If you are not sure whether your program or entity is required to submit background study requests to DHS, you may review Minnesota Statues, subd. 245C.03.
Or, you may contact the authority that issues your license or registration. This is usually the DHS Licensing Division or the Department of Health. In some cases, it is the Department of Transportation or the Department of Corrections. For unlicensed services under DHS, contact Provider Enrollment or Group Residential Housing policy.
There are some background studies that DHS completes under contracts or other agreements. These account for a very small portion of background studies some of these have not transitioned to NETStudy 2.0, including studies conducted for:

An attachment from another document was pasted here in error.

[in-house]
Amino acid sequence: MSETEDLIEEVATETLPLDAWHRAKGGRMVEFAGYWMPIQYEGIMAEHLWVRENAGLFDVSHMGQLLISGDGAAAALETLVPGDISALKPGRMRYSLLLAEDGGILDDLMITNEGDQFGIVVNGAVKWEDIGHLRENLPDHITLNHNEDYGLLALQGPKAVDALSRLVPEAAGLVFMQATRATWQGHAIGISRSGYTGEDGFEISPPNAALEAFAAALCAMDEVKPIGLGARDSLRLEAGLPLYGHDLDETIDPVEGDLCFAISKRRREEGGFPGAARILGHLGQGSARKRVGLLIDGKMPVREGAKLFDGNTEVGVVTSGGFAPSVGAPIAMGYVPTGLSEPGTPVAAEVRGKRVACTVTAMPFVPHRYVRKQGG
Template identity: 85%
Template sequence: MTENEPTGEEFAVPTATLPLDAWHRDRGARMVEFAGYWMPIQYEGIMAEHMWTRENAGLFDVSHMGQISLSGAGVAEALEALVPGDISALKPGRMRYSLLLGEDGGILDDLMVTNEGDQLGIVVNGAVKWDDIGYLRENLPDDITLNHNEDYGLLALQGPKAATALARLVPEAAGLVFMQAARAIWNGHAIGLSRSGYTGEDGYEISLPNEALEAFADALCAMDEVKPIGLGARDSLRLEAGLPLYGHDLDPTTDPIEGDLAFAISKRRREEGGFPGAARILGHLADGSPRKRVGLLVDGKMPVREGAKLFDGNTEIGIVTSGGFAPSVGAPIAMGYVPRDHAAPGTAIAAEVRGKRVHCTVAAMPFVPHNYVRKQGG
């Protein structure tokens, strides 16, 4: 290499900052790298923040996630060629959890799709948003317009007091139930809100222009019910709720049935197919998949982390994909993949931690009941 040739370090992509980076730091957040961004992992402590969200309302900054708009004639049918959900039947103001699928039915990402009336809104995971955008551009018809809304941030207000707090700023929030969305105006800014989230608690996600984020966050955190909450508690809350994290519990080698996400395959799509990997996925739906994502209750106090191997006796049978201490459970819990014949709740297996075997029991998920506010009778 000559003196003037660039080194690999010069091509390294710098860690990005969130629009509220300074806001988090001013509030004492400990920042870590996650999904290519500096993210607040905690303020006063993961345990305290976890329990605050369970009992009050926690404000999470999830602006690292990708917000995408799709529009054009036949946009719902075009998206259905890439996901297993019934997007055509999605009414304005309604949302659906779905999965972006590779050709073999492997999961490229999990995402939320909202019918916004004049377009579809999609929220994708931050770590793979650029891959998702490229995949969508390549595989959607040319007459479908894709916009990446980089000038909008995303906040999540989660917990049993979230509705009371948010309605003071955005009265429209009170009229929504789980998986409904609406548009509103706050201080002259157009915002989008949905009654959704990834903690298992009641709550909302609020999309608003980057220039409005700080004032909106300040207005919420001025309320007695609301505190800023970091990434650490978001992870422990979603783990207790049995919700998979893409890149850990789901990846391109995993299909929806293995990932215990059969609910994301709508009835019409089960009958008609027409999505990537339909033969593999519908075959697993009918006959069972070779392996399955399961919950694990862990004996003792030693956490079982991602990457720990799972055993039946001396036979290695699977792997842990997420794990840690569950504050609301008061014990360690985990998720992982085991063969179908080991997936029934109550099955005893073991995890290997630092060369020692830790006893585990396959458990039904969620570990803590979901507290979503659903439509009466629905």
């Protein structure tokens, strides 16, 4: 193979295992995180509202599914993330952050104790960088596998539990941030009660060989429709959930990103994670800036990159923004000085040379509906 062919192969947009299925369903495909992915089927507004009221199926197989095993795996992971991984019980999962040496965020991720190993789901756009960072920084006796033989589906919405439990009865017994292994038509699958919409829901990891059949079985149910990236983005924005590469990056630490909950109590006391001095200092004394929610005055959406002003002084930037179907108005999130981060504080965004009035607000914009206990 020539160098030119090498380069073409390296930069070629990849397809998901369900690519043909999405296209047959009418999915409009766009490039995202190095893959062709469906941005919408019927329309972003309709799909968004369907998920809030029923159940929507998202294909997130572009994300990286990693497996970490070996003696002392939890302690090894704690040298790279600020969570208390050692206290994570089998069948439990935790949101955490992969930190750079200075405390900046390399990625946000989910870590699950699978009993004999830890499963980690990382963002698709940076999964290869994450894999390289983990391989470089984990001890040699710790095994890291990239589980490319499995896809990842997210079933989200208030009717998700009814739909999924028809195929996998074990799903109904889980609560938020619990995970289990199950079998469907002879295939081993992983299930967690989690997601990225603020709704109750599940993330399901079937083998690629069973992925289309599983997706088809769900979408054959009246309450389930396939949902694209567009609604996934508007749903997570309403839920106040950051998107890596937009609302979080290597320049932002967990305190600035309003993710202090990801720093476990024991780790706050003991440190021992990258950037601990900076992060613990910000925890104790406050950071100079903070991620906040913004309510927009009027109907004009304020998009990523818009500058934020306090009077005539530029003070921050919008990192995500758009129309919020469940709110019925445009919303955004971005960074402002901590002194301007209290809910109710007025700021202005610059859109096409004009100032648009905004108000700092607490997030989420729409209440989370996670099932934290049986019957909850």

NETStudy 2.0 training is web-based and free. There are several YouTube videos available that demonstrate how to initiate a background study request in NETStudy 2.0 as well as all other key features of the system. It is easiest to follow along with the videos after you have a NETStudy 2.0 account.
Training materials also include the NETStudy 2.0 User Manual that provides detailed instructions, including screenshots and user tips about how to use NETStudy 2.0 and the NETStudy 2.0 Quickstart Guide that provides screen shots to show users how to enter a background study request.
Exception. Background study staff will provide background study numbers for people whose most recent background study was completed in or after 1995 (when all background studies were required to be updated) and before 2000. This is because there is no background study number on the background study notice for these individuals. There is additional information in the NETStudy Import Process User Guide and a form in the appendix to use to request the background study numbers in this cases.